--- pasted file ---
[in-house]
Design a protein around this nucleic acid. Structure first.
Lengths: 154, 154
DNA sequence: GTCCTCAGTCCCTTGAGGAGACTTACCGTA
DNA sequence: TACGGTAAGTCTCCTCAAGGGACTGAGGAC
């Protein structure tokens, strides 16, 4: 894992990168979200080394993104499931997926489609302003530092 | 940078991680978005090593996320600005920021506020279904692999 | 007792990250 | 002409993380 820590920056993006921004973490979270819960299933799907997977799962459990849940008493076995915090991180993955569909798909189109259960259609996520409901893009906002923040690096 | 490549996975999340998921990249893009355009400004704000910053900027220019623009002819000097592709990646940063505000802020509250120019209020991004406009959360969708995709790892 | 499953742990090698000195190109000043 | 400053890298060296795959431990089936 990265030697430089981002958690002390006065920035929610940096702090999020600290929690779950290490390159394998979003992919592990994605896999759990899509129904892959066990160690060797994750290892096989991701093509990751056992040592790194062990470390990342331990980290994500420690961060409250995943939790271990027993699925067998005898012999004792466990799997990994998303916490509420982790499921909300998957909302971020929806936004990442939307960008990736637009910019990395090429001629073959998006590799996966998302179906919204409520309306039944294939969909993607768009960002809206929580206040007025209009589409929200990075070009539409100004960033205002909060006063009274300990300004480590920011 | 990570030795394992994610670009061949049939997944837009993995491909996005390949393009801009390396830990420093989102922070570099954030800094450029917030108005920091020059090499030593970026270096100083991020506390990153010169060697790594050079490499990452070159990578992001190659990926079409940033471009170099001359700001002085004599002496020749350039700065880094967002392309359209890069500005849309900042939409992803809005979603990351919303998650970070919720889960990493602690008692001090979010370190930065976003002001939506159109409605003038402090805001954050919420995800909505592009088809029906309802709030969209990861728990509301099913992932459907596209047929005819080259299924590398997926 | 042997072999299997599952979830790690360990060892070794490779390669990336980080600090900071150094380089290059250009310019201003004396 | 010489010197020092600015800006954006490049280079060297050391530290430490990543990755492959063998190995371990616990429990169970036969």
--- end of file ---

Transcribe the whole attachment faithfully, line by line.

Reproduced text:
[in-house]
Design a protein around this nucleic acid. Structure first.
Lengths: 154, 154
DNA sequence: GTCCTCAGTCCCTTGAGGAGACTTACCGTA
DNA sequence: TACGGTAAGTCTCCTCAAGGGACTGAGGAC
């Protein structure tokens, strides 16, 4: 894992990168979200080394993104499931997926489609302003530092 | 940078991680978005090593996320600005920021506020279904692999 | 007792990250 | 002409993380 820590920056993006921004973490979270819960299933799907997977799962459990849940008493076995915090991180993955569909798909189109259960259609996520409901893009906002923040690096 | 490549996975999340998921990249893009355009400004704000910053900027220019623009002819000097592709990646940063505000802020509250120019209020991004406009959360969708995709790892 | 499953742990090698000195190109000043 | 400053890298060296795959431990089936 990265030697430089981002958690002390006065920035929610940096702090999020600290929690779950290490390159394998979003992919592990994605896999759990899509129904892959066990160690060797994750290892096989991701093509990751056992040592790194062990470390990342331990980290994500420690961060409250995943939790271990027993699925067998005898012999004792466990799997990994998303916490509420982790499921909300998957909302971020929806936004990442939307960008990736637009910019990395090429001629073959998006590799996966998302179906919204409520309306039944294939969909993607768009960002809206929580206040007025209009589409929200990075070009539409100004960033205002909060006063009274300990300004480590920011 | 990570030795394992994610670009061949049939997944837009993995491909996005390949393009801009390396830990420093989102922070570099954030800094450029917030108005920091020059090499030593970026270096100083991020506390990153010169060697790594050079490499990452070159990578992001190659990926079409940033471009170099001359700001002085004599002496020749350039700065880094967002392309359209890069500005849309900042939409992803809005979603990351919303998650970070919720889960990493602690008692001090979010370190930065976003002001939506159109409605003038402090805001954050919420995800909505592009088809029906309802709030969209990861728990509301099913992932459907596209047929005819080259299924590398997926 | 042997072999299997599952979830790690360990060892070794490779390669990336980080600090900071150094380089290059250009310019201003004396 | 010489010197020092600015800006954006490049280079060297050391530290430490990543990755492959063998190995371990616990429990169970036969």